Ramadan is a special time for Muslims. It’s a time when we stop feeding our stomachs so we can concentrate on feeding our souls. We increase our attendance to the mosque, other worship activities and aim to be consistent with our prayers. It is often a month of transformation, of giving up bad habits and replacing them with good ones. However, after Eid, when it is said that the Shayateen (devils) are unchained, and we often get more caught up in worldly matters, devoting less time to worship simply because Ramadan is no more.

Nonetheless, it is important we sustain our worship yearlong not only because it will prepare us for future Ramadans but also the regular routine of worship and if we are able to implement this routine in our lives it could improve one’s mental health significantly. Since we have just reached the end of Ramadan and many of us are completing our Shawwal fasts, now is a great time to think about the actions we managed to accomplish during Ramadan. Maybe we were able to finally pray on time, maybe we used it to stop self-harming, maybe we fasted more days than we ever had before. If we can do these things during Ramadan, there is no reason why we can’t continue them during the rest of the year. Now is a good time to acknowledge our accomplishments and write them down in order to reassure ourselves throughout the year that we are able to do these things. (We can also turn to them when we are feeling down to remind ourselves how successful we have truly been!)

After Shawwal, comes Dhu al-Qa’dah and then the beloved Dhu al-Hijjah. The latter is the month of Eid al-Adha which marks the end of Hajj, the Islamic pilgrimage to Makkah. Not only is this month for Hajj, but the first ten days of this month are especially important as the Holy Prophet (pbuh), has said,

“One fast during these days is equal to the fasting of one complete year, and the worship of one night during this time is equivalent to worship during Lailatul-Qadr.”
(Tirmidhi)

Similarly, the ninth day of this month, Arafah, where, if one is not participating in Hajj, it is advisable they should fast this day as according to Sahih Muslim, fasting this day forgives the sins of a year.

Following the month of Hajj comes Muharram and with it the start of a new Islamic lunar year. The Prophet (pbuh) said, the best of fasts besides the month of Ramadan is the fast during Allah’s month of Muharram (Muslim). The tenth of this month is Ashura, a day which the Prophet said if one fasts, his sins for the previous year would be forgiven (Muslim). Similarly, it is encouraged to be increasingly generous to one’s family and friends on this day.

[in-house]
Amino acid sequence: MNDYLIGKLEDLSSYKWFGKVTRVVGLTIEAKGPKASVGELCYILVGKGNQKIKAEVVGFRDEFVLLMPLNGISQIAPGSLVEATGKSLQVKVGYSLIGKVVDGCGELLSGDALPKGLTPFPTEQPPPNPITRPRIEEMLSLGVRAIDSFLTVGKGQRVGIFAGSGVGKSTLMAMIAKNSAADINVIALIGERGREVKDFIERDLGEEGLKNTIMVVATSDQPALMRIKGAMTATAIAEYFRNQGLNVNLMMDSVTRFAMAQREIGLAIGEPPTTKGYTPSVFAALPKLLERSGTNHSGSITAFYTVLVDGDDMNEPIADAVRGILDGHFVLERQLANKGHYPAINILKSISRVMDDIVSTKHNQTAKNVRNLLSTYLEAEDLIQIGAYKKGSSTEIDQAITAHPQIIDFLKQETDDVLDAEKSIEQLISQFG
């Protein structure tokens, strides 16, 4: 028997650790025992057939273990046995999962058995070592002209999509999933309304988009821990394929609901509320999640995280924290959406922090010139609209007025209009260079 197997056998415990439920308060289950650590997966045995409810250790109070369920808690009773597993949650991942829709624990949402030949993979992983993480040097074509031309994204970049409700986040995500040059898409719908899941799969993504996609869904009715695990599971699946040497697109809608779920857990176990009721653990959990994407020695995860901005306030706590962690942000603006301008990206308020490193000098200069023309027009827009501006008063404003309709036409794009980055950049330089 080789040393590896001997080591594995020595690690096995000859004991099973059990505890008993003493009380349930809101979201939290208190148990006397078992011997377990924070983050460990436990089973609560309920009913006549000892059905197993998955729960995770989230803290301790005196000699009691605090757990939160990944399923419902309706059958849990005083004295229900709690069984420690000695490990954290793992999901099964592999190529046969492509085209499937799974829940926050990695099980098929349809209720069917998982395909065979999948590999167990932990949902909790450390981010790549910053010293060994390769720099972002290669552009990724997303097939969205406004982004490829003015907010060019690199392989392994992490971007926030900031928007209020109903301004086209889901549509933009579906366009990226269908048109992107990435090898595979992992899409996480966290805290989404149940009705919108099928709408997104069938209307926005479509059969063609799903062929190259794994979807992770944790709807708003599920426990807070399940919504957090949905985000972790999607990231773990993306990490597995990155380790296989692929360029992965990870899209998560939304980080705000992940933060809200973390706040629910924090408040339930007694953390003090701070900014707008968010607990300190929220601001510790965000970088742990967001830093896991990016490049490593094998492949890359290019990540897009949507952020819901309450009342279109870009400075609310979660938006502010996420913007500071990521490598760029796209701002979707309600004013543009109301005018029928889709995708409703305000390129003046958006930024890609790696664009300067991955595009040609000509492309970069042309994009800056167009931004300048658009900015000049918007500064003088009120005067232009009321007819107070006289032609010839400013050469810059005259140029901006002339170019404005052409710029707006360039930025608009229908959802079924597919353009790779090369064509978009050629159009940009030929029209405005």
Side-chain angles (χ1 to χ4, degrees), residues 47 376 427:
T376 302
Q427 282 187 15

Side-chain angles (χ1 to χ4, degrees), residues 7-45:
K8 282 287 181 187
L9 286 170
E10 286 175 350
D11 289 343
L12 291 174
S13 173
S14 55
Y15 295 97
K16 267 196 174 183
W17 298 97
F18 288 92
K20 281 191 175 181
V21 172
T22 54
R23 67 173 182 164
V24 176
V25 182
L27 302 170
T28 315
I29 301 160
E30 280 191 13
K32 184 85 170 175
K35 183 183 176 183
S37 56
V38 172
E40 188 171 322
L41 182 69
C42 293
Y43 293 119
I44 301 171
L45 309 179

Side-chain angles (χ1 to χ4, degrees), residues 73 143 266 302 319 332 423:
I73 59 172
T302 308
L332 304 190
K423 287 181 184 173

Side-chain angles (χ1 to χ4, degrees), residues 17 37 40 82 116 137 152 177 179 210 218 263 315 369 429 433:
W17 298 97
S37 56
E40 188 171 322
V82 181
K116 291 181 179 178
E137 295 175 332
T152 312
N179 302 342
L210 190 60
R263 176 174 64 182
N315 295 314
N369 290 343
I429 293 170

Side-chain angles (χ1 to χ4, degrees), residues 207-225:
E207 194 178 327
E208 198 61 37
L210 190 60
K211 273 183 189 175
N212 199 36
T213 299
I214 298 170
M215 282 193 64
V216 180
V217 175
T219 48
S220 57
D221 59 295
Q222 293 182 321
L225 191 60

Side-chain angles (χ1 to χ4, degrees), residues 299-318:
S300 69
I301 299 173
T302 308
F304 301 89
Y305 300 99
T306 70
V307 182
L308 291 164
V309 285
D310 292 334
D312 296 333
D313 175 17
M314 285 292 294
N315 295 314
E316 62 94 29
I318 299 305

With only a few months to go, we reach Rajab which can be seen as a preparation month for Ramadan. This month was regarded as one of the sacred months in which battles were prohibited in the days of the Prophet. It is also deemed to be a prelude to the month of Ramadan, because the month of Ramadan follows it after the intervening month of Sha’ban. Therefore, when the Prophet sighted the moon of Rajab, he used to supplicate to Allah in the following words:

“O Allah, make the months of Rajab and Sha’ban blessed for us, and let us reach the month of Ramadan (i.e. prolong our life up to Ramadan, so that we may benefit from its merits and blessings).”

During Sha’ban it has been reported in many ahadeeth that the Prophet used to fast the most in honour of Ramadan.

“The month of Rajab is the month for planting, the month of Shaban is the month of irrigating the crops and the month of Ramadan is the month of harvesting the crops.”
(Abu Bakr Al Balkhi)

What the events of the other months show us is that worship is important all year round, and that, if we are able to do so during Ramadan, we are able to for the other eleven months of the year. There are continuous fasts and special days during the year which, if we participate in, can be uplifting for our faith and make the spirit and feelings of Ramadan last for the whole year. What are your plans for the rest of the year?

Jamilla Hekmoun

Author Jamilla Hekmoun

Jamilla is a final year undergraduate studying Arabic and Middle Eastern Studies and Vice President of the Islamic Society at the University of Exeter. After being diagnosed with anxiety and depression, she is keen on improving the understanding of mental health conditions within Muslim communities. Follow her on Twitter @JamillaTweets.

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